drop of bullet at 1000 yds

Discussion in 'Long Range Hunting & Shooting' started by ann brezinski, Oct 17, 2013.

  1. ann brezinski

    ann brezinski Well-Known Member

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    saw long range purist the other day.they in thier tech part said the earth in shooting to 1000 yards if you shoot to the east then shoot to the west the bullets will drop a certain way because of the earths rotation.how would you figure this in to your drop figures in shooting at game?i do not see any of the shows adreeing this in their presentations.
    gary b...
     
  2. BrowningBanger

    BrowningBanger Active Member

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    The Coriolis effect is that of the earths rotation on a target while the bullet is in flight.
    The best way to understand is to realize that the bullet leaves all contact with the earth the moment it leaves the barrel. While suspended in air, the earth is rotating underneath the bullet. When shooting west, the target (in contact with the earths surface) is rising due to the direction of the earths rotation. (Think sunrise and sunset, as the sun is essentially blocked out during sunset) Realize that this has nothing to do with the drop or path of the bullet, but rather the target moving. When shooting West, the target rises, and in order to compensate for this movement, you must Dope for a more exaggerated bullet drop. Most good ballistic programs have an additional data input regarding Coriolis effect. Long range shooting is all about understanding the different effects of atmospheric conditions, as well as how to utilize some very cool software. If shooting at ranges long enough to play with the Coriolis effect, every last thing comes into play.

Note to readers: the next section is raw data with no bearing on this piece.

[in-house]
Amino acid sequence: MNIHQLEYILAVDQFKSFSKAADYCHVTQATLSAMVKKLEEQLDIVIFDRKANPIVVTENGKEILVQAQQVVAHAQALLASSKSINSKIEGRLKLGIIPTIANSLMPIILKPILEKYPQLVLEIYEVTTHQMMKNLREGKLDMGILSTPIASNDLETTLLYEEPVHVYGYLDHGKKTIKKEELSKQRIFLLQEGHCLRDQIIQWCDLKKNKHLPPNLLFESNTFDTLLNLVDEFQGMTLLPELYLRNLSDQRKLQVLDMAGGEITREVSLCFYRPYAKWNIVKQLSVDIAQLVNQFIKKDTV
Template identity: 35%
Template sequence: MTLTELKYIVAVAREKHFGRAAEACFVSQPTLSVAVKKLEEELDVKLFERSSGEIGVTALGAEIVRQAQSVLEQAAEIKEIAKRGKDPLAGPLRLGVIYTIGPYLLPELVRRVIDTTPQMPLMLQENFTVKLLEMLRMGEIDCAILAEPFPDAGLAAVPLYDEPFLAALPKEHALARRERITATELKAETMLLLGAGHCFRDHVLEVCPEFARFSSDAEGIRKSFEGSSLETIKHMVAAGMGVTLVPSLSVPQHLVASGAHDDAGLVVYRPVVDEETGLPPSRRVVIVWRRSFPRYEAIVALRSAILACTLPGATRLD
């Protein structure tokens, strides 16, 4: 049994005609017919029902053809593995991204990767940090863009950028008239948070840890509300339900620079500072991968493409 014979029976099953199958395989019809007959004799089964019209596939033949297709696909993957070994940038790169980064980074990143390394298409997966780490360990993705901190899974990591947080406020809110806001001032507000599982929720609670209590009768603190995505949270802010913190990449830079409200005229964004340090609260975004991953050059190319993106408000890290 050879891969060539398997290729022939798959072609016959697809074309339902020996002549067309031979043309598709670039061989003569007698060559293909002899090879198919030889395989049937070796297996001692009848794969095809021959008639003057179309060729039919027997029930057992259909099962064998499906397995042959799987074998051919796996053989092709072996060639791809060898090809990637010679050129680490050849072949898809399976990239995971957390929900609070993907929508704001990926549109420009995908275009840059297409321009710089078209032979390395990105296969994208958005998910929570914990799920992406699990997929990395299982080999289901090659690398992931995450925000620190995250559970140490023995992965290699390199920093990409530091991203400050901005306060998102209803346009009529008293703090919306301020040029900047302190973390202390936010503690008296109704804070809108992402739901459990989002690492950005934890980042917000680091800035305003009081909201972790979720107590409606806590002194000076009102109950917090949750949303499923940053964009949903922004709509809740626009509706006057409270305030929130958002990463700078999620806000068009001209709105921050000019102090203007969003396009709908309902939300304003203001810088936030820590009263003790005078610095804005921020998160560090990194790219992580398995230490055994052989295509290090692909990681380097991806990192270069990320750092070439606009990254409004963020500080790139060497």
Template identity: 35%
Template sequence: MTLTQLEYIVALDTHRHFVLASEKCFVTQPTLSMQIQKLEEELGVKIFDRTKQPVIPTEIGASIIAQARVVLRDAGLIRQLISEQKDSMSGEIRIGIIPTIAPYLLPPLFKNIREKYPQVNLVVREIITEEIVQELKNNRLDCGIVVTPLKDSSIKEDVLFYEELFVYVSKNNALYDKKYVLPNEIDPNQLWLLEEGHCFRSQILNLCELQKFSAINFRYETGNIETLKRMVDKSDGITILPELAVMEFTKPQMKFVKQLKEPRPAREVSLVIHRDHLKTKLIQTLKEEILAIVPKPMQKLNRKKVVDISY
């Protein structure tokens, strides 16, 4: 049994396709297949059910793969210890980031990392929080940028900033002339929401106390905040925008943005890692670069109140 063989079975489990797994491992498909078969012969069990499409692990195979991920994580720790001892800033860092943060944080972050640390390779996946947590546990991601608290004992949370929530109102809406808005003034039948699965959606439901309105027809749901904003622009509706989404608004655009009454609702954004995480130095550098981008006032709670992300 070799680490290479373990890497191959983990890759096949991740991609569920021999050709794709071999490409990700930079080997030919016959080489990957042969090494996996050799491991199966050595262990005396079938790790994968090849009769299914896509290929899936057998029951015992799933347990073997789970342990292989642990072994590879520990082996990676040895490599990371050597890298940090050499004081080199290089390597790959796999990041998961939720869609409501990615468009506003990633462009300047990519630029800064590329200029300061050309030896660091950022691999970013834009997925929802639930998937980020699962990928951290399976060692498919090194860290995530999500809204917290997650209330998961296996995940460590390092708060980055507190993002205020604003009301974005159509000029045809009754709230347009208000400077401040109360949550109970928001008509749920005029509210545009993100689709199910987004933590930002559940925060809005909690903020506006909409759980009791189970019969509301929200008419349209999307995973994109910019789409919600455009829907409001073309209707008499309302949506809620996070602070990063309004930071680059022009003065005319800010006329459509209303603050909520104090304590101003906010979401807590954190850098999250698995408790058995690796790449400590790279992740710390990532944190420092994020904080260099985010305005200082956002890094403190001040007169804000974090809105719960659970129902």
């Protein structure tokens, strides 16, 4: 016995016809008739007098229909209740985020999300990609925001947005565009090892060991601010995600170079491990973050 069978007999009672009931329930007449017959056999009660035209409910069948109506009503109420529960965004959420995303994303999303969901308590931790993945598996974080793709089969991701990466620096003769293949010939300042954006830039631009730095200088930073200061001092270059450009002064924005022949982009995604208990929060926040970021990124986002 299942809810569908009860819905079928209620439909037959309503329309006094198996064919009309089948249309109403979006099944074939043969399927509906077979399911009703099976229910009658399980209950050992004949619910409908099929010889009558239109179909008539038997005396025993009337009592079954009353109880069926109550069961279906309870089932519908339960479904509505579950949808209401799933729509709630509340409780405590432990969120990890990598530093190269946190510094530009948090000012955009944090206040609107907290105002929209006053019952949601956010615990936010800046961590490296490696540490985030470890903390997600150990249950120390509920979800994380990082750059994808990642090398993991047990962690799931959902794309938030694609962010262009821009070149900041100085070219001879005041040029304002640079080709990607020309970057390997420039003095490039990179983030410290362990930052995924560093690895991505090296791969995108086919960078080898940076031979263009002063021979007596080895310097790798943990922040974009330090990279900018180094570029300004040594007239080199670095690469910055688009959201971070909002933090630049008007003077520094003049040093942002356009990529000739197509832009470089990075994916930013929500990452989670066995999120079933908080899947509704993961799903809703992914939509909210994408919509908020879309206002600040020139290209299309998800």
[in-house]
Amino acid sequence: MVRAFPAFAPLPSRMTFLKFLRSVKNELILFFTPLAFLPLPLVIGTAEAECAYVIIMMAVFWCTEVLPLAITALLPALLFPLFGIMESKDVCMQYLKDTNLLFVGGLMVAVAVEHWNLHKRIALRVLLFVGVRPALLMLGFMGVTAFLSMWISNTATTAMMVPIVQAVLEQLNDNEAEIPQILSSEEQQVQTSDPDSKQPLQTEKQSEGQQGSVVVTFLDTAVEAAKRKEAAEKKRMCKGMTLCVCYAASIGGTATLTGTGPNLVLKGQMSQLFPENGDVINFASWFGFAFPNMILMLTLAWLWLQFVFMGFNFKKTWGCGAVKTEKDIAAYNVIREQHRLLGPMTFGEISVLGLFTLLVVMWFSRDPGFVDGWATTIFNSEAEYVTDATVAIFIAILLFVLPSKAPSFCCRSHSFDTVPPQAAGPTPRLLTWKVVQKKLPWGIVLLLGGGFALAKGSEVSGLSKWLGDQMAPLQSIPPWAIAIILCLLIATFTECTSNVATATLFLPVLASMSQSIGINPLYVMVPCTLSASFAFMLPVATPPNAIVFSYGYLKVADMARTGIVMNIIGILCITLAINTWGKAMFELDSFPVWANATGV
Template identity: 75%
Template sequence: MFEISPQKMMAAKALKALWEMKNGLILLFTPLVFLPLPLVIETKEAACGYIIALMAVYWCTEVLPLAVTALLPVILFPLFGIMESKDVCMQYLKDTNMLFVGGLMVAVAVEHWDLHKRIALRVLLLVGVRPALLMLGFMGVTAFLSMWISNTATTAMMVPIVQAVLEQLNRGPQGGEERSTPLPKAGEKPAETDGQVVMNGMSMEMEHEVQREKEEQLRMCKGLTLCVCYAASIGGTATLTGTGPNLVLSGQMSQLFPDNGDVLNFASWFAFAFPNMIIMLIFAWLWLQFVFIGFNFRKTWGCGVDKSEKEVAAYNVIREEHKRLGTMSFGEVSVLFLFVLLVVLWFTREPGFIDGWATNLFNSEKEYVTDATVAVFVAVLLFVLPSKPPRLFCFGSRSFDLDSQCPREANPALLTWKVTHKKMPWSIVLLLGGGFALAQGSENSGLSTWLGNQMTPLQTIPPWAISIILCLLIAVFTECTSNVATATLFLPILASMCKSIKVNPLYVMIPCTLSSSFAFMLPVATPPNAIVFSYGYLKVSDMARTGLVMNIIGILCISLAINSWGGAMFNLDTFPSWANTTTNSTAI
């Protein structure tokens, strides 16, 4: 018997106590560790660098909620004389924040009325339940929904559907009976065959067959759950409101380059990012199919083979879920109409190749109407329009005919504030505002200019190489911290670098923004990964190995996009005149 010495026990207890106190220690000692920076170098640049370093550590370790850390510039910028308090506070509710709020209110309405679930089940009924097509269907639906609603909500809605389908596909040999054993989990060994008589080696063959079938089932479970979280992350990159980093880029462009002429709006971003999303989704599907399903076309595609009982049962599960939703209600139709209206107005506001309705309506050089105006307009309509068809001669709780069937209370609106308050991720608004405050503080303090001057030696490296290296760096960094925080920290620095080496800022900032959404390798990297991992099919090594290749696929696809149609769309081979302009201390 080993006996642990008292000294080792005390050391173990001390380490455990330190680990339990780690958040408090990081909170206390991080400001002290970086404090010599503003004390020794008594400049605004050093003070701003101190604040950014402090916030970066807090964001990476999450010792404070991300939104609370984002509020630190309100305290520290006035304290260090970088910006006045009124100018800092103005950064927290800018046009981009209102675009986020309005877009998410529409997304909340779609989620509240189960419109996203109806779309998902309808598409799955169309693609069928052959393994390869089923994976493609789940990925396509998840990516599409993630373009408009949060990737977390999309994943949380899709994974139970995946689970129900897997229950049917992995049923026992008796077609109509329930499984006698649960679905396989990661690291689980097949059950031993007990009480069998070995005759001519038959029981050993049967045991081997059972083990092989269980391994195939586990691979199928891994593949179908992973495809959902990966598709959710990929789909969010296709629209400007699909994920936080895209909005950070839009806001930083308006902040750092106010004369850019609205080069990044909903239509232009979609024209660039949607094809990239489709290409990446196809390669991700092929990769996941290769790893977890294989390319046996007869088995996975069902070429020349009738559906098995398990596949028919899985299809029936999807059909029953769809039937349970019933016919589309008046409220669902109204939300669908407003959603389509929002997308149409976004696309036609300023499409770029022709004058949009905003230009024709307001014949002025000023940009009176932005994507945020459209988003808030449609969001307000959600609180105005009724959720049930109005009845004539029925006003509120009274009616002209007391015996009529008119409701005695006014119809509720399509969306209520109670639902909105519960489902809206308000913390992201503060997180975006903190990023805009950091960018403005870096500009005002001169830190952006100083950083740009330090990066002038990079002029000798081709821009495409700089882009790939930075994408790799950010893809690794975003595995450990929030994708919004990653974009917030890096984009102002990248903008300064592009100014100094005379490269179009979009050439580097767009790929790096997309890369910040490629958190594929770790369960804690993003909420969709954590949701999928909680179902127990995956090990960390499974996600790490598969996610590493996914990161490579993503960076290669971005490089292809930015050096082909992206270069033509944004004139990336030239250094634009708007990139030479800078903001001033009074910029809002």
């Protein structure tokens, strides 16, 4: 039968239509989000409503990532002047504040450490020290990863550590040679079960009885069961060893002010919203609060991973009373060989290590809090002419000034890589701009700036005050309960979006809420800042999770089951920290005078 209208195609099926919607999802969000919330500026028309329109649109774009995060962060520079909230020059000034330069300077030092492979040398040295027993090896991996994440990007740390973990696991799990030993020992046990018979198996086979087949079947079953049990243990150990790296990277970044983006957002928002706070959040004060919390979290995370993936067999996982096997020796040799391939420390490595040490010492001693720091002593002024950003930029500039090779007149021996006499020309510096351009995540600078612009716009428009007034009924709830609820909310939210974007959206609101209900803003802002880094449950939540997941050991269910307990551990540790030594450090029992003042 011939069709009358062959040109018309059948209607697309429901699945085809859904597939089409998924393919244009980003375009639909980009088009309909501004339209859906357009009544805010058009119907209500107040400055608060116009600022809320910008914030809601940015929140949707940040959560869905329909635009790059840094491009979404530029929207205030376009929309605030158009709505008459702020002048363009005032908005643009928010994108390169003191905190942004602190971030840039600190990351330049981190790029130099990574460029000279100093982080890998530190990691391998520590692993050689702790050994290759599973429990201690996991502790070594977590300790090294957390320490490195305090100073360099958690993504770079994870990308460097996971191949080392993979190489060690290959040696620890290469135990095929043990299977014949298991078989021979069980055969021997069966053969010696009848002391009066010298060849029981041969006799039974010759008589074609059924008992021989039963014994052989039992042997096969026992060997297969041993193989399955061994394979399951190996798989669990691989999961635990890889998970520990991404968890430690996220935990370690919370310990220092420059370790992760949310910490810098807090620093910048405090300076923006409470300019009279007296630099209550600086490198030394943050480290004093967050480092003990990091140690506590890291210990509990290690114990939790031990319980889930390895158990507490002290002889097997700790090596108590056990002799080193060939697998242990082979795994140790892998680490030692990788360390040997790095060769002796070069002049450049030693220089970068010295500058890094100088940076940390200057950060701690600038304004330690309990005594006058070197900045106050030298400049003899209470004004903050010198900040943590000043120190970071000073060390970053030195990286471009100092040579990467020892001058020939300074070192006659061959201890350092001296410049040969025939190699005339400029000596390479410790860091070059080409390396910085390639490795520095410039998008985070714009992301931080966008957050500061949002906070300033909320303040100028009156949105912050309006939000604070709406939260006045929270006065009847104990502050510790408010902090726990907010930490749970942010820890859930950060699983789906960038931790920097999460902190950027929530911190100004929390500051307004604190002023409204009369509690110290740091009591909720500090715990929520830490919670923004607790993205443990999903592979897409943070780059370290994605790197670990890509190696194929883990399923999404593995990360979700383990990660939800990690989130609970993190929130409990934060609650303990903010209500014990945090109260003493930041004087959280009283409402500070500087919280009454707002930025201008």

3. MontanaRifleman

    MontanaRifleman Well-Known Member

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    In the Northern hemisphere it also cause drift to the right which is also the same direction of spin drift in a right twist barrel.

    Here ya go...

    [ame=http://www.youtube.com/watch?v=jX7dcl_ERNs]Demonstrating how Coriolis effects bullet drop at 1000 yards - YouTube[/ame]

    [ame=http://www.youtube.com/watch?v=9P9XKbYa--g]Coriolis Effect on Long Range Rifle Shooting Ballistics - YouTube[/ame]

    [ame=http://www.youtube.com/watch?v=ouOYAlcvwOQ]Coriolis Effect in Long Range Shooting - YouTube[/ame]
     
  4. wbm

    wbm Well-Known Member

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    I wouldn't factor compass direction effect for hunting game at all. Temperature, wind and elevation will have more impact on bullet trajectory than the earths rotation.
     
  5. MontanaRifleman

    MontanaRifleman Well-Known Member

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    You need to factor in ALL the factors
     
  6. BrentM

    BrentM Well-Known Member

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    Time of Flight, TOF is the most important aspect to consider before addressing CE, in my opinion. If you have 1 second TOF it is not going to have much affect. 5 seconds, it will have more. Therefore the further you shoot the more the variables play a role in LR accuracy.
     
  7. Scrubbit

    Scrubbit Well-Known Member

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    Two components to Coriolis. Horizontal defined by latitude (dist from equator) and vertical defined by direction you are shooting. Best explanation is from Bryan Litz in Applied Ballistics. I always use horizontal component on long range shots due to my high latitude. Use vert component unless shooting North/South so effect is zero. Coriolis and spindrift are significant at extended ranges.
     
  8. BrentM

    BrentM Well-Known Member

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    Good info. I play with this in my program all the time and try to figure the affects in different situations etc. I thought the first vid was really good regarding E and W shots. What I have tried to understand is how the bullet is affected at lets say 45degrees of those, half value.